We, Indians, were never consumerists by nature, at least not in the way we are today. We lived by certain modest values that dictated being mindful of consumption. Purchases were meant to be meaningful investments, something that had to be thought through and executed only when a high level of return and longevity were guaranteed.
My brother and I, for instance, still cherish and use accessories and articles of clothing that were lovingly bought and taken care of by our grandparents. To the Indian mindset in those days, form almost always followed function. Quality and timelessness were prioritized, followed by aesthetics and versatility.
With the influx of Western values and globalization, however, these Indian attributes seem to have fallen by the wayside. What began as innocent curiosity towards a foreign culture has turned into a pointless study in imitation. The influence of fast fashion, combined with artificially created demand from incentivized pricing, has irrationally put pressure on our entire community, driving us into a loop of "more and fast".
Over the past few years, this vicious cycle has damaged our retail ecosystem, economy and environment. By producing more and consuming fast, we have created unsustainable demand and supply chains that could easily be disrupted. The consumer, on the other hand, is now looking at buying the best deal, woefully unaware that this "deal" is a by-product of discounting, a disease that eventually leads to inferior quality, reduced value and futile investment. In the end, everyone loses.
The need of the hour is the art of conscious consumption.
While the notion of conscious consumption has many facets that will continue to unfold in years to comes, for now we can focus on what is in front of us. Design and fashion entrepreneurs need to take decisive steps forward to make consumption moderate. We need to start understanding that consumption is not alone the burden of the end consumer, but that we, as an industry, have a crucial role to play in determining consumer behaviour.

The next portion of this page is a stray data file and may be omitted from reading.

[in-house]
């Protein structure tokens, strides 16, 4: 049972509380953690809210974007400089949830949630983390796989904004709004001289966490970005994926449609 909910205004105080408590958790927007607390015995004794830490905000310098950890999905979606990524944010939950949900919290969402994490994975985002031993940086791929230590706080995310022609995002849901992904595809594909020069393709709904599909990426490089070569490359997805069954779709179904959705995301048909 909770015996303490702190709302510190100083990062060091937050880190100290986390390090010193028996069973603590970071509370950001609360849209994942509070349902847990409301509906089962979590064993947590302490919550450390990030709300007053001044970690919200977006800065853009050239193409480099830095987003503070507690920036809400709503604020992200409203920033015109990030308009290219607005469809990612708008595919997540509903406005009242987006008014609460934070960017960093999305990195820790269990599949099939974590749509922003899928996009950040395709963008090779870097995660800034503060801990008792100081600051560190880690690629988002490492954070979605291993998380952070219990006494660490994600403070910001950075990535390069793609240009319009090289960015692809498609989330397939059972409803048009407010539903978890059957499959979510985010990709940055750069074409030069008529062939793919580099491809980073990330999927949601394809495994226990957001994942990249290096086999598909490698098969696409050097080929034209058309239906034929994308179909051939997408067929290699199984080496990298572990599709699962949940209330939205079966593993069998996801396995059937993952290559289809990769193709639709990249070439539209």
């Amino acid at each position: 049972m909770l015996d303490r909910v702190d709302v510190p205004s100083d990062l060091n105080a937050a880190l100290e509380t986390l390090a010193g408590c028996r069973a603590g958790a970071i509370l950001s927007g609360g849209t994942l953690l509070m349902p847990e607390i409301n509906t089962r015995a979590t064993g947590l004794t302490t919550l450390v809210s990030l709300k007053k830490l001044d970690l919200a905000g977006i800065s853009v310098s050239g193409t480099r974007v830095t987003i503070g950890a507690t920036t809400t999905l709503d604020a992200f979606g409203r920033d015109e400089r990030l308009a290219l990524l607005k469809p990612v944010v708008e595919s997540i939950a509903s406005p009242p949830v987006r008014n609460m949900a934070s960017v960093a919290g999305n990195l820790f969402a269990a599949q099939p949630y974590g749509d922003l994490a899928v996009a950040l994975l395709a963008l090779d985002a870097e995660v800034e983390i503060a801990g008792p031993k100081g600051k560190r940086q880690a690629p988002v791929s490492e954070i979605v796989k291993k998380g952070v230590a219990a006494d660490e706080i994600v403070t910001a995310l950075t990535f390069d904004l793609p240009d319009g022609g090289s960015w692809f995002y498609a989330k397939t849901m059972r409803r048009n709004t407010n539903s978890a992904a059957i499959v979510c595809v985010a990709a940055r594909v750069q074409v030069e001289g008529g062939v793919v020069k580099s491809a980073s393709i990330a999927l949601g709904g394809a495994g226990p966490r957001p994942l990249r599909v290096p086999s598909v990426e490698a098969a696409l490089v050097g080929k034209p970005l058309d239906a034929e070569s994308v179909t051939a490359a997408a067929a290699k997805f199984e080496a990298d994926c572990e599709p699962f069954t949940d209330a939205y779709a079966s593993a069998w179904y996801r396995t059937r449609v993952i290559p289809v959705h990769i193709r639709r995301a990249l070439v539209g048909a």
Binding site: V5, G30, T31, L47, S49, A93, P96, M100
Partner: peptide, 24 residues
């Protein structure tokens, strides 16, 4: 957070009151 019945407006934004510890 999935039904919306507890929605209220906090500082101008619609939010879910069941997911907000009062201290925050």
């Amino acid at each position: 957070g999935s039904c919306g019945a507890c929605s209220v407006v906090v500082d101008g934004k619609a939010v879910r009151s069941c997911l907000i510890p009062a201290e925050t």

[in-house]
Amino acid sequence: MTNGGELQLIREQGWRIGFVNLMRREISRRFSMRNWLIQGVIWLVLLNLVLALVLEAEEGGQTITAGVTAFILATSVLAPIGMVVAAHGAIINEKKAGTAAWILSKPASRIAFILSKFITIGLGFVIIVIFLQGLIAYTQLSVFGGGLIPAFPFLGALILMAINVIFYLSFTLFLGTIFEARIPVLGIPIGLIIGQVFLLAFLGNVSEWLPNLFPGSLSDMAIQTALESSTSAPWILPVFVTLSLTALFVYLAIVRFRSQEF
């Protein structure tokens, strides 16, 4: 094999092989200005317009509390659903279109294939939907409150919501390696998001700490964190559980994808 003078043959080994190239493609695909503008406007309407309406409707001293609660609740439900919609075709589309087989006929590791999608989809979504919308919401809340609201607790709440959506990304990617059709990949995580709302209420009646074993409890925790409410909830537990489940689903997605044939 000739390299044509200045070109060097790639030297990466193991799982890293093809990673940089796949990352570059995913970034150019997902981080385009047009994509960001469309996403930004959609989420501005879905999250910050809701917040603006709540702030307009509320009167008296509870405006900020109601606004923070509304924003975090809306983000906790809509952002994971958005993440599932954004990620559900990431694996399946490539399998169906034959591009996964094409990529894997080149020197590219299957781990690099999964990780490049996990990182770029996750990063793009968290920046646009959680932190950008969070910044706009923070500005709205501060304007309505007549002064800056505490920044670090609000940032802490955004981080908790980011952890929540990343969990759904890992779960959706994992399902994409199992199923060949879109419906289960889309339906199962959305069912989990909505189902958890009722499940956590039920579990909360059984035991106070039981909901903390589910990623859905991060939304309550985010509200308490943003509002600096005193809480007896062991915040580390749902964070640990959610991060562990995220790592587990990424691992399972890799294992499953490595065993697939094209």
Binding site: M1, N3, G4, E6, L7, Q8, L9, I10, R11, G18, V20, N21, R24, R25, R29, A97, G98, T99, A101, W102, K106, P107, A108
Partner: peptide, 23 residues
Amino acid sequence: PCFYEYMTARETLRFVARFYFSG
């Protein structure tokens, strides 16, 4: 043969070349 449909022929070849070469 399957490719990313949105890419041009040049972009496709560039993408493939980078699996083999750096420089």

First, we need to be conscious of the value we provide. We need to stop selling ourselves short by discounting. With the advent of large e-commerce platforms and their unrealistic discounting behaviour, the Indian consumer has started expecting and demanding discounts across the entire retail landscape. And we gave in. This must stop.
We are an industry that creates products using techniques that are centuries old. Why do we want to produce rampantly when we know it can lead to discounting and eventually to compensating margins by lowering quality?
Second, we must start putting ethics on par with aesthetics. We must ensure that we have robust HR policies in place that actually impact the well-being of karigars and other employees. We should work with vendors who follow fair trade practices, and ensure our raw material is sourced and produced in a sustainable manner.
We must not let ourselves believe that sustainability is only to do with fabrics or raw materials. It is equally to do with quality and durability.
Third, as consumers, we must remain conscious. The ongoing pandemic has shown us how little we actually need. Buy what you need, and not because you simply can. Buy not out of greed for a great end-of-season deal or because you tend to lose interest in your possessions quickly.
Once bought, we must consciously try to extend the lifecycle of everything we own by practising reuse and repair.
As we adjust to a new normal, it is important to educate ourselves to consume mindfully and consciously.
Priyanka Modi is the creative director of designer label AMPM.